Human Rights Expert Appointed by Biden to North Korea

human rights in North Korea
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During the whole time that Donald Trump was in office as president of the United States, the job of special envoy for human rights in North Korea was not filled. President Joe Biden of the United States has now filled that role.

The White House put out a statement on Monday about Julie Turner’s nomination. She is a career diplomat who is fluent in Korean and is currently the director of the Asia branch of the State Department’s human rights bureau.

According to the announcement, Turner has worked in the past as a special assistant in the envoy’s office on issues related to human rights in North Korea.

The Senate has to provide its approval in order to go through with the nomination, although there is not much reason for concern.

The position of ambassador was made possible by a law passed by Congress in 2004. The law tried to bring attention not only to security problems in North Korea, but also to concerns about human rights in a country with one of the most authoritarian governments in the world.

The job has been open since January 2017, when Barack Obama’s envoy, Robert King, announced his intention to stand down as part of the transition process for the presidency.

Rex Tillerson, who was Trump’s first secretary of state, wanted to get rid of the job as part of a reorganization of the department that was more like a business.

His replacement, Mike Pompeo, did not occupy the role when Trump was pursuing negotiations with the leader of North Korea, Kim Jong Un, which included three high-profile encounters that did not have much of an effect that lasted.

Some advocates say that human rights were put on the back burner while the US tried to get Pyongyang to the table to talk about its illegal nuclear weapons development.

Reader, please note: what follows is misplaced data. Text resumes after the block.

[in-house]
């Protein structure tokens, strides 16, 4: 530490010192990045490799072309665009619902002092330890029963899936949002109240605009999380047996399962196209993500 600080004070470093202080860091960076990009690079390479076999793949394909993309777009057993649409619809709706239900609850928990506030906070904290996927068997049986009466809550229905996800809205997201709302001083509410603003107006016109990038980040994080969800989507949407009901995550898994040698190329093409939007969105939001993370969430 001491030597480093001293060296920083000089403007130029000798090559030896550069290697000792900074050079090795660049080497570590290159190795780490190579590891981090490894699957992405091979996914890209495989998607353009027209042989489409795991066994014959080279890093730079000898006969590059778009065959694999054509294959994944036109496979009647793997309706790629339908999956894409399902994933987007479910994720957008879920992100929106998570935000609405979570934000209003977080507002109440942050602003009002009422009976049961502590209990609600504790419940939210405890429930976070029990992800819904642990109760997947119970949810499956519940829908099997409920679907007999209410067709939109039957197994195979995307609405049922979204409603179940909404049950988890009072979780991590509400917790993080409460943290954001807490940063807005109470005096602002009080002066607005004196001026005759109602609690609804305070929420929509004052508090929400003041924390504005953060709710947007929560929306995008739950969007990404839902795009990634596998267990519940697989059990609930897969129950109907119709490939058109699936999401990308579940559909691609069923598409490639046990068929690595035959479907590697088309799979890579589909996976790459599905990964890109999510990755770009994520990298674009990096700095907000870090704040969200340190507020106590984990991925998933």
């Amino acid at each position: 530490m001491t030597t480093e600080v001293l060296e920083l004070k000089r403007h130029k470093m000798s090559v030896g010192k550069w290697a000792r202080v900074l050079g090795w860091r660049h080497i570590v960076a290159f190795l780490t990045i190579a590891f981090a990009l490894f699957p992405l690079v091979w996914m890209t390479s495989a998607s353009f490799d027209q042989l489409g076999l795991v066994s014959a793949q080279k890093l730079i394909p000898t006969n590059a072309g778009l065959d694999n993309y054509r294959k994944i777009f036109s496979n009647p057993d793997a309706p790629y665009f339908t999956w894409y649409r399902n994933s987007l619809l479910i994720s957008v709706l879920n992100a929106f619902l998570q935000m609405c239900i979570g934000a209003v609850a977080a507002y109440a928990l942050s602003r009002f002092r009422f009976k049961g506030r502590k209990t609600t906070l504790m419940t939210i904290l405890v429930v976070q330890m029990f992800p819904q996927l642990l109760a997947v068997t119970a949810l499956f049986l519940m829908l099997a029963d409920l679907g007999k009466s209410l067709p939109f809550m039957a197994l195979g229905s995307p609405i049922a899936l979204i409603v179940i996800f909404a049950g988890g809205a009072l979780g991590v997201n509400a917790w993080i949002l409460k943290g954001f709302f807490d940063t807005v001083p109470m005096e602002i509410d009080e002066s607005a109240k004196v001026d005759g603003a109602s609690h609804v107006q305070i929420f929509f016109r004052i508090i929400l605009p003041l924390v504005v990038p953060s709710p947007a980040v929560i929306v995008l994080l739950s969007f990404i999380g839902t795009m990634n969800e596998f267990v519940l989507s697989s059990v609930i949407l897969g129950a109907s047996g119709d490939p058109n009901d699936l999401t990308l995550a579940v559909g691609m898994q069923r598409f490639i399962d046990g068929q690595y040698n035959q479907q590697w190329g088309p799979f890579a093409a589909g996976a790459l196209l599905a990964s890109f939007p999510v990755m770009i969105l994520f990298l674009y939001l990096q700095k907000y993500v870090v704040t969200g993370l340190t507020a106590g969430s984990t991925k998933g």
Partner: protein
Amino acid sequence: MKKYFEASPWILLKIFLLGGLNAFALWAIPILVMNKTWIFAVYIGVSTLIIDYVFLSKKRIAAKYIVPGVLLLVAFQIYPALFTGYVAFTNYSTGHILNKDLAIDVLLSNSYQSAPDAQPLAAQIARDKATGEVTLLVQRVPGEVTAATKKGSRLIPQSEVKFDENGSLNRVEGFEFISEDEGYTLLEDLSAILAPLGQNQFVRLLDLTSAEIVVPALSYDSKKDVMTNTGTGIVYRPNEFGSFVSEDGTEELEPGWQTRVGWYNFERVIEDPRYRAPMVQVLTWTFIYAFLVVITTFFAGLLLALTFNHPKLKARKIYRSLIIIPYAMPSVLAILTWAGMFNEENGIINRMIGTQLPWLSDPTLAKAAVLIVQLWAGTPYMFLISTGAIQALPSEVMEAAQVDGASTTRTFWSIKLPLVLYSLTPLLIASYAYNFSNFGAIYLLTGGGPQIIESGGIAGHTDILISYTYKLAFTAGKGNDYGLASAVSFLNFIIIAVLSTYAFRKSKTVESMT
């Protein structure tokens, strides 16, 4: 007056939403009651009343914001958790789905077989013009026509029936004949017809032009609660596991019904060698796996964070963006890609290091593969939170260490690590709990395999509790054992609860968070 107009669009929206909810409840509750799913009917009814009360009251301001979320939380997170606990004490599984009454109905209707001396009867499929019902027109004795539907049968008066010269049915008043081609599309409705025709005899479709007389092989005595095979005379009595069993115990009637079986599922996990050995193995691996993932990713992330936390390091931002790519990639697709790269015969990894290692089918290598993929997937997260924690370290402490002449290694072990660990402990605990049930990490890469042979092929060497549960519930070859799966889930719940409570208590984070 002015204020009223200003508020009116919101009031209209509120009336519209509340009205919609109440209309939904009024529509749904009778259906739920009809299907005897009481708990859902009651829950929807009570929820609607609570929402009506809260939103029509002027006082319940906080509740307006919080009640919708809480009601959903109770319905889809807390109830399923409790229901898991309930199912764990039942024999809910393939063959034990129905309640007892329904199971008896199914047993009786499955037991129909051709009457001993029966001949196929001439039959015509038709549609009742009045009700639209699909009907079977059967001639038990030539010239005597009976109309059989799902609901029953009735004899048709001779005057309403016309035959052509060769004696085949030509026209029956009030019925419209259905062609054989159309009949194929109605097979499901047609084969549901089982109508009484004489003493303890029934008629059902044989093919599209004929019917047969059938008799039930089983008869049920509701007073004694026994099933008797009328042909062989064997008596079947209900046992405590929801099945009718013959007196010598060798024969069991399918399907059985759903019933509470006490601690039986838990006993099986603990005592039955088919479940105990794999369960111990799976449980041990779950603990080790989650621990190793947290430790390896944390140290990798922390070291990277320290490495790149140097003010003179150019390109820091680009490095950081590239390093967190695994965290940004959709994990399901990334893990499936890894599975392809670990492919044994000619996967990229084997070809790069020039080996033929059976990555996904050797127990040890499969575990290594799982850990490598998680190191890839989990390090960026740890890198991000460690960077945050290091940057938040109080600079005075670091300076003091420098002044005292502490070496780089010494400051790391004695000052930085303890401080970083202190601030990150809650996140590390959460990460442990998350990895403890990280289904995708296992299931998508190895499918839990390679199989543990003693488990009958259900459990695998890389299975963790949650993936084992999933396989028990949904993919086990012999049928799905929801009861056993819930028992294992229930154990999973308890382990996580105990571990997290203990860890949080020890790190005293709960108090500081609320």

Since he took office in 2021, President Biden has said many times that protecting human rights would be a top priority of his foreign policy. However, he has not yet named a new person to this position.

North Korea has frequently denied allegations that it violates human rights and places the responsibility for the grave humanitarian condition in the nation on sanctions that were placed on the country in 2006 because of its missile development. It accuses Washington and Seoul of exploiting the issue as a political instrument to damage its image in order to further their own political agendas.

In a landmark report on North Korean human rights that came out in 2014, the United Nations said that North Korean security chiefs, and maybe even leader Kim Jong Un himself, should be held responsible for their roles in overseeing a state-controlled system of Nazi-style atrocities. This caused outrage in Pyongyang.

Since then, North Korea’s coronavirus limits are said to have made human rights violations worse, according to investigators working for the United Nations. These investigators say that there should be more limits on access to information, more digital monitoring, and tighter border security.

The United States Department of State, in its most recent global report on human rights, described widespread abuses in North Korea. These abuses included strict bans on any kind of dissent, public executions, and mass incarceration camps in which prisoners are subjected to forced labor and starvation. Other abuses included strict bans on any kind of dissent.

 

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